Interview with Pollyanna Pixton at Agile 2008

| by InfoQ Staff Follow 0 Followers on Mar 13, 2009. Estimated reading time: 1 minute |

Pollyanna Pixton is well known in the Agile community, especially for her work on leadership.  In this interview with Deborah Hartmann at Agile 2008, she discusses what must be present for successful Agile adoption.  In response to a question about what parts of the environment must be present for a culture of trust Pollyanna says:

Safety is always a big one. Being able to count on what people say, when people say "I will do this" you know they will do it. And that is very important. It has to eliminate fear, you have to eliminate as much as debilitating fear as possible so sometimes I find in organizations that some leaders are indiscriminate about how they manage conflict in the teams or they manage the behavior, if you want to call it managing behavior however you may look at that but they may see people and think they are not productive and they will reprimand them and it will be indiscriminant and that creates fear and it takes a while to work with a team, usually takes about a day before they will finally start talking about the fear and what it is, you have to build up the trust in the seminar, until they finally tell you and it is always instant like it is a switch, as soon as they say it, it happens and one organization I worked in somebody had abused the Internet, so everybody was not allowed to work on the Internet.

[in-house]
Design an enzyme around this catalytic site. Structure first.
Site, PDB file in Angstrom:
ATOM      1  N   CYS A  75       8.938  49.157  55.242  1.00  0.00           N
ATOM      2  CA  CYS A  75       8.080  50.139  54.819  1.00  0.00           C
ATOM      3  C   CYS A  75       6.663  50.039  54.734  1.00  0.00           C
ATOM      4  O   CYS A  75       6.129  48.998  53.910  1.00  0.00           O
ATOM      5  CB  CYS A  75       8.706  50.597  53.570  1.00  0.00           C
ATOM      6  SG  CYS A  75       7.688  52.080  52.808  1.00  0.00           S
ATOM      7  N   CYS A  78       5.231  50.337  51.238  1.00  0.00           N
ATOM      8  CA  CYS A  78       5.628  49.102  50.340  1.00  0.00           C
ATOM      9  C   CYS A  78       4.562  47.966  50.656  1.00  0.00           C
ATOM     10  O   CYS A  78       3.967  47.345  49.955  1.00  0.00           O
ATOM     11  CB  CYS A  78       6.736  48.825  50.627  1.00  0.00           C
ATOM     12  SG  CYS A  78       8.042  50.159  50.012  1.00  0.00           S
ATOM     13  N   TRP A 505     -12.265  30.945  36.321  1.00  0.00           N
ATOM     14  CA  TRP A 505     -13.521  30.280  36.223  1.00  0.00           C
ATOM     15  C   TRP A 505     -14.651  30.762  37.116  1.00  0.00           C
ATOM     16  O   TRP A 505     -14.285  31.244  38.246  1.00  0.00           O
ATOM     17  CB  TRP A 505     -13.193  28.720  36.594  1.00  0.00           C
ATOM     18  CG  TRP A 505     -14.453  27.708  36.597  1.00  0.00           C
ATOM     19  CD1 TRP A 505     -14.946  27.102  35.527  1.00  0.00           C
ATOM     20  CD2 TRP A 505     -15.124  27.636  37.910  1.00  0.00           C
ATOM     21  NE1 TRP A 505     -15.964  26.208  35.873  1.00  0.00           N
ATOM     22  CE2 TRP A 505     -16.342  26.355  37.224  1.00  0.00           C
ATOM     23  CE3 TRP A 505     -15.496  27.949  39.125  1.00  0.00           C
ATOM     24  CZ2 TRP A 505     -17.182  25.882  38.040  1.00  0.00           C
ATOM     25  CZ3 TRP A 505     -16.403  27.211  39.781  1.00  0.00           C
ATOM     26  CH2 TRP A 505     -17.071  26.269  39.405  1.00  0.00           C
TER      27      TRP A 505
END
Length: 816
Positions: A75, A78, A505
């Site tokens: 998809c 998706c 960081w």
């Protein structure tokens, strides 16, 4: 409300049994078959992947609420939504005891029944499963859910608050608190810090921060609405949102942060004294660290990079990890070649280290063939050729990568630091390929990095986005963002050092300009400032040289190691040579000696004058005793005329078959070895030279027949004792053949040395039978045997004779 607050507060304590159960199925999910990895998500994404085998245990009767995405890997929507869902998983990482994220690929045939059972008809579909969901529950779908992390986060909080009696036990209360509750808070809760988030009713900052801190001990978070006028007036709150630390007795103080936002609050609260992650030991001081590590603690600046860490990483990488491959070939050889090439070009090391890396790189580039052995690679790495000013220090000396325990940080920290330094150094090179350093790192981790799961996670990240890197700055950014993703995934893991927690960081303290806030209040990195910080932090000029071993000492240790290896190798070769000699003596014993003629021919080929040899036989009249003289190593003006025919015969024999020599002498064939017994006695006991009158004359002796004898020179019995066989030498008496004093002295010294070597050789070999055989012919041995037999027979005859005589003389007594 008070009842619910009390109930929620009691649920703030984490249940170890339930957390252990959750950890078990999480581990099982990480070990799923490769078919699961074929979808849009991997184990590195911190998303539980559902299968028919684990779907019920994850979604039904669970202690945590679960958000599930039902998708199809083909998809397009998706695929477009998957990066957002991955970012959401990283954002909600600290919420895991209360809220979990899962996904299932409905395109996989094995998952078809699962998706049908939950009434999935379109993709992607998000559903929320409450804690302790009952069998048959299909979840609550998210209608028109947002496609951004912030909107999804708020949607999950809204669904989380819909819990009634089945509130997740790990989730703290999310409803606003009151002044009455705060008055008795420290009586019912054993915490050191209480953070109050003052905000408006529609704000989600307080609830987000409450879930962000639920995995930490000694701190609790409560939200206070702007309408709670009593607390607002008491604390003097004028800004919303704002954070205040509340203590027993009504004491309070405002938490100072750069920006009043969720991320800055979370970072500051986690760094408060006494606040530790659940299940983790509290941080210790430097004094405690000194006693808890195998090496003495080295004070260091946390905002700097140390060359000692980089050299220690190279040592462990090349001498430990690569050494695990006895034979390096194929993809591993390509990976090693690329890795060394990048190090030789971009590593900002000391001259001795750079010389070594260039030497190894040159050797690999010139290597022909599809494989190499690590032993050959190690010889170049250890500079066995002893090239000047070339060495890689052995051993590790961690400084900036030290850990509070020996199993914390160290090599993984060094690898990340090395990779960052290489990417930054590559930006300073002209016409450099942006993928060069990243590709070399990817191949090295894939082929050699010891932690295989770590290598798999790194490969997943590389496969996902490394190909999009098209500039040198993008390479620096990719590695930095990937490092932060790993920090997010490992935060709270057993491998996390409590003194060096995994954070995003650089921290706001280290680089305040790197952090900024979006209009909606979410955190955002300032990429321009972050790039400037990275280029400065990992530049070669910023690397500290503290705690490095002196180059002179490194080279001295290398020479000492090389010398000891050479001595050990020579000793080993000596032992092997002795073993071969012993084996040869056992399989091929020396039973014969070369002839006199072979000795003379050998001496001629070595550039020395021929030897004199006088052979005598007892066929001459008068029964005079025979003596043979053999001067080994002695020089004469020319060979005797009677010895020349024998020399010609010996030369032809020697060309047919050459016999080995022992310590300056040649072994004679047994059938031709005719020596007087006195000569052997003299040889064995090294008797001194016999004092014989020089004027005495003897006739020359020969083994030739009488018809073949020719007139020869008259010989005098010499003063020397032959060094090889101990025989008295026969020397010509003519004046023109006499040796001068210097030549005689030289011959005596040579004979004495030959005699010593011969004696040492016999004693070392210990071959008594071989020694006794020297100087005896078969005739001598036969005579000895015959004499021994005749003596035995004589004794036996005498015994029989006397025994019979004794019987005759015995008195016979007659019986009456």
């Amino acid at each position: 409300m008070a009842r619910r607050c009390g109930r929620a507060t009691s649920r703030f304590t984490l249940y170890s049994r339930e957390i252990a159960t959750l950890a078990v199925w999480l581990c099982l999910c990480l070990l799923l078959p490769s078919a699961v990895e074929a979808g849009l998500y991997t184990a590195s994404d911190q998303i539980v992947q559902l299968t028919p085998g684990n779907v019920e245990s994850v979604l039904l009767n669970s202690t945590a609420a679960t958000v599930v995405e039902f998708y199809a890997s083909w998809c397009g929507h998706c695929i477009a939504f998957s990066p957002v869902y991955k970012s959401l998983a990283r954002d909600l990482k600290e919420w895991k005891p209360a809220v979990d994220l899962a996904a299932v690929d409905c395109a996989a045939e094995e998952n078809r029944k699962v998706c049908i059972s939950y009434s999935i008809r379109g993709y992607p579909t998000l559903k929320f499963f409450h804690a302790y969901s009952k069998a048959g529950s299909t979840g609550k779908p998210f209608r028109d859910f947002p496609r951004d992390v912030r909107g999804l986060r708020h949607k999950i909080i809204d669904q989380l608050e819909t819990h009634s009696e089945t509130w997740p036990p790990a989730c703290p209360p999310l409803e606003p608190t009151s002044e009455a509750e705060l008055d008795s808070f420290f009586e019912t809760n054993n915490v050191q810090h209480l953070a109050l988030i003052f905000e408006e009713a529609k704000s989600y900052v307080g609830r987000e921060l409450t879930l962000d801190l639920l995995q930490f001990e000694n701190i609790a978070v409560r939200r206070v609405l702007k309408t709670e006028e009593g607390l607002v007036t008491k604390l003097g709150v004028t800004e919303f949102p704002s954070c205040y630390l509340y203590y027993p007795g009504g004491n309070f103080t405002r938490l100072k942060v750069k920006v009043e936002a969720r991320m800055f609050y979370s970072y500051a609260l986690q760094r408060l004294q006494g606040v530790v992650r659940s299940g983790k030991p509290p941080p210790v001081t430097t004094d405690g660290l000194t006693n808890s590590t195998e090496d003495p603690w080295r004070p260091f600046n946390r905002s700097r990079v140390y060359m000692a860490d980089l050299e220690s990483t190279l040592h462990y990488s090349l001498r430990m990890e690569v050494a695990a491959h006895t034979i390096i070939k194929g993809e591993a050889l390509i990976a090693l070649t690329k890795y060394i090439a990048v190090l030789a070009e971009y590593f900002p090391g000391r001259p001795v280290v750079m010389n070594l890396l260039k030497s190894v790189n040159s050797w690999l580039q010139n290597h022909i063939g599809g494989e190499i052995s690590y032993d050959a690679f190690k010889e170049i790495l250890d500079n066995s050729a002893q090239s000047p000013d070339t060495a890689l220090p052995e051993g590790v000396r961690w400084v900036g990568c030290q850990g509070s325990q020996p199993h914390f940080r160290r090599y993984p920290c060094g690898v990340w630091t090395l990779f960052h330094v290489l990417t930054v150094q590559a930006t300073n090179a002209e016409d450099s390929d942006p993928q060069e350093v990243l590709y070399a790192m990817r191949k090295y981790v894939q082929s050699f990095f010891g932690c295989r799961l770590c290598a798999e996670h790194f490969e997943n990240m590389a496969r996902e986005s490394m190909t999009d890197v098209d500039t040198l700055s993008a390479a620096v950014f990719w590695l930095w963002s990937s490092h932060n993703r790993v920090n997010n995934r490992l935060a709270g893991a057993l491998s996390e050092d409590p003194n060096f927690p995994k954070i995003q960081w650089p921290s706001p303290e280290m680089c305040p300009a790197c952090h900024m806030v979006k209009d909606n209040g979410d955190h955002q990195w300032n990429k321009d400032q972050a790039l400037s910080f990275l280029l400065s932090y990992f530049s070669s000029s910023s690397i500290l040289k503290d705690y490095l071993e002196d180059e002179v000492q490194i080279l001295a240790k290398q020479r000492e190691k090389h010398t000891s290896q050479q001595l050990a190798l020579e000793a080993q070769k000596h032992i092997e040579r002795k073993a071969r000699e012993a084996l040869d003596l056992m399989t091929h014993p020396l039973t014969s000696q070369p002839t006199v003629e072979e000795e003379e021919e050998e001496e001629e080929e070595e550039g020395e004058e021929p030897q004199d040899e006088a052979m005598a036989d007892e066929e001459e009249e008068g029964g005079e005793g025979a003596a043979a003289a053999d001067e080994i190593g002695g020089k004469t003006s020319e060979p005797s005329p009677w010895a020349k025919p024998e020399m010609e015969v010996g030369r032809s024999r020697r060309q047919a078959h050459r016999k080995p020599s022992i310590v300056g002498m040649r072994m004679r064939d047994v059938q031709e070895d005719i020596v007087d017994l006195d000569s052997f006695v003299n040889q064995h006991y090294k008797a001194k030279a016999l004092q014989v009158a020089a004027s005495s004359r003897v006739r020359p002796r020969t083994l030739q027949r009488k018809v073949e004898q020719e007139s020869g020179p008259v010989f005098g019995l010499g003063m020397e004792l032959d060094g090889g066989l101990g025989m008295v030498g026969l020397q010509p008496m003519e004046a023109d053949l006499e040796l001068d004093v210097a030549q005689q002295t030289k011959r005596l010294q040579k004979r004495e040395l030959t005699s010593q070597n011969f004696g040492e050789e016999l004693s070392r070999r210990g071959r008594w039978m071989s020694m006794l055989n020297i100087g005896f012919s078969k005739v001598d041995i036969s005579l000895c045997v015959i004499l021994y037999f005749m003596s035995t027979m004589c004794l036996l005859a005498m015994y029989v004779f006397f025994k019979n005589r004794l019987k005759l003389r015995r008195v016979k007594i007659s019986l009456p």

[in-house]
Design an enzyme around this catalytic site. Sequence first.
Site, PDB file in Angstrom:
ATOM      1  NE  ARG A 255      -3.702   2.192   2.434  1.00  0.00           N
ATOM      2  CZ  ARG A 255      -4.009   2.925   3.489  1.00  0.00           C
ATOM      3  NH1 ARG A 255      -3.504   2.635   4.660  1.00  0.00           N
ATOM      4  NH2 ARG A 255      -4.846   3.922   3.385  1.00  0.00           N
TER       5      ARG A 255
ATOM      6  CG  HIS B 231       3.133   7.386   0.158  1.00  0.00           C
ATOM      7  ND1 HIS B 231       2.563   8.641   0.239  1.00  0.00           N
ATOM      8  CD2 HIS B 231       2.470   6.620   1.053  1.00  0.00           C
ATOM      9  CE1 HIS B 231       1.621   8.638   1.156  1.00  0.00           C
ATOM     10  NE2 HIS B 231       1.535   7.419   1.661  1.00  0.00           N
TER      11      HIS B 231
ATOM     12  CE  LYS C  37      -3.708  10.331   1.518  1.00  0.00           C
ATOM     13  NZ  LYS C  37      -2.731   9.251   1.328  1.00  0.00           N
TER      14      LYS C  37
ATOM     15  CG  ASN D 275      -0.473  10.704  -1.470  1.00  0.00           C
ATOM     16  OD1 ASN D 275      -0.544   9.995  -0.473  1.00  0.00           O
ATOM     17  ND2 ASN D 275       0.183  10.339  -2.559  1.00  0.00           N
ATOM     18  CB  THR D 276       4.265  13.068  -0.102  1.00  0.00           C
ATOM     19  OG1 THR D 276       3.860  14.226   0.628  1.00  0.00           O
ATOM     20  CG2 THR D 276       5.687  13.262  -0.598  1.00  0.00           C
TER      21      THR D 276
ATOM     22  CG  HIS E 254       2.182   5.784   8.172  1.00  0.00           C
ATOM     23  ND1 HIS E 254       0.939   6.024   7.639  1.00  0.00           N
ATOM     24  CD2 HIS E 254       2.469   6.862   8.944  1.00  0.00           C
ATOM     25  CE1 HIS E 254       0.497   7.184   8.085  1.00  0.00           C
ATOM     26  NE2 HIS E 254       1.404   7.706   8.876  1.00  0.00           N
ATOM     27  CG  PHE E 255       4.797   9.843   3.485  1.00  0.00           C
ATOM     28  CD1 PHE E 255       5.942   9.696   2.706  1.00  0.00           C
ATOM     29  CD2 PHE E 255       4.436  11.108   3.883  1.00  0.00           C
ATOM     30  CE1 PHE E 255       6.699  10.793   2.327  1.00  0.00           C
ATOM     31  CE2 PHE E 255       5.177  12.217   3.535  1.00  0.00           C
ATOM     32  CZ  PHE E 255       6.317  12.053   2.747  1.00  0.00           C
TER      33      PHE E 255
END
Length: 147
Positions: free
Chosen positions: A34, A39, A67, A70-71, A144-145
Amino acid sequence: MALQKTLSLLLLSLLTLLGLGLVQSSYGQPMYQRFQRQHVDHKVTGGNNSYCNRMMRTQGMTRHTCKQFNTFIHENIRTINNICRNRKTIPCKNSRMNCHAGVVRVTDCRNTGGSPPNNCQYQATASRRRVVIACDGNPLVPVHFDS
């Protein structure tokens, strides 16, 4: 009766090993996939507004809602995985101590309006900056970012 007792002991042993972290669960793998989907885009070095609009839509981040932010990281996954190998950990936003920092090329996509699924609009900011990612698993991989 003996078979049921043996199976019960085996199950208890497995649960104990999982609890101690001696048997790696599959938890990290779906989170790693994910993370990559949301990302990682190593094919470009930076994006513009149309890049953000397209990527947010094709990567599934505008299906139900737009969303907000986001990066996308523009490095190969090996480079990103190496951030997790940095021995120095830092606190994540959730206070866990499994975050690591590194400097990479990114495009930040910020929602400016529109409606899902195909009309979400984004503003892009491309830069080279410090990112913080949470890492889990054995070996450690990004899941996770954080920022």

This interview is full of sage advice to Agile leaders, such as this answer to the question "what advice would you leave with project leaders right now?":

Well, I think that the advice is not just for project leaders but I will talk about that. It's about project leaders, middle management leaders and executives including it. It's like the book that we are writing called "Stand back and deliver". You have to let your teams to become creative and innovative. You have to let them do their work and choose their work and decide how to do it. So you essentially have to stop micro managing. So you don't get to tell people what to do anymore. You help them stay focused by asking questions.

This is an informative and enjoyable interview on an important topic today.


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